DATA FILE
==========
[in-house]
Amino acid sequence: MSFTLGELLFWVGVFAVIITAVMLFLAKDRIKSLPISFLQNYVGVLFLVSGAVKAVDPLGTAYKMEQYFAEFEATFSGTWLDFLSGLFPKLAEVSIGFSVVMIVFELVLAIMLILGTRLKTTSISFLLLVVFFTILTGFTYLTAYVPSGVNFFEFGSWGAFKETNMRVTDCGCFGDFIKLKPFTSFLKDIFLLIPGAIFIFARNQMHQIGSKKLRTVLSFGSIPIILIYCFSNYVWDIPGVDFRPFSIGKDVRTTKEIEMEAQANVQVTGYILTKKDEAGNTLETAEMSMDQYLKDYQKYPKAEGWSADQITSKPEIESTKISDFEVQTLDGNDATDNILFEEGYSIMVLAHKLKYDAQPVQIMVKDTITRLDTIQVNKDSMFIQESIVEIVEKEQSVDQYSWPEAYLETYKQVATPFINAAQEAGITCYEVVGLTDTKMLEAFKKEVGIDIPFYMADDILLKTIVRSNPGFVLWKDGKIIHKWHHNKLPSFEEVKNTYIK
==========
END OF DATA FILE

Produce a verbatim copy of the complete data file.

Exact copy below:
[in-house]
Amino acid sequence: MSFTLGELLFWVGVFAVIITAVMLFLAKDRIKSLPISFLQNYVGVLFLVSGAVKAVDPLGTAYKMEQYFAEFEATFSGTWLDFLSGLFPKLAEVSIGFSVVMIVFELVLAIMLILGTRLKTTSISFLLLVVFFTILTGFTYLTAYVPSGVNFFEFGSWGAFKETNMRVTDCGCFGDFIKLKPFTSFLKDIFLLIPGAIFIFARNQMHQIGSKKLRTVLSFGSIPIILIYCFSNYVWDIPGVDFRPFSIGKDVRTTKEIEMEAQANVQVTGYILTKKDEAGNTLETAEMSMDQYLKDYQKYPKAEGWSADQITSKPEIESTKISDFEVQTLDGNDATDNILFEEGYSIMVLAHKLKYDAQPVQIMVKDTITRLDTIQVNKDSMFIQESIVEIVEKEQSVDQYSWPEAYLETYKQVATPFINAAQEAGITCYEVVGLTDTKMLEAFKKEVGIDIPFYMADDILLKTIVRSNPGFVLWKDGKIIHKWHHNKLPSFEEVKNTYIK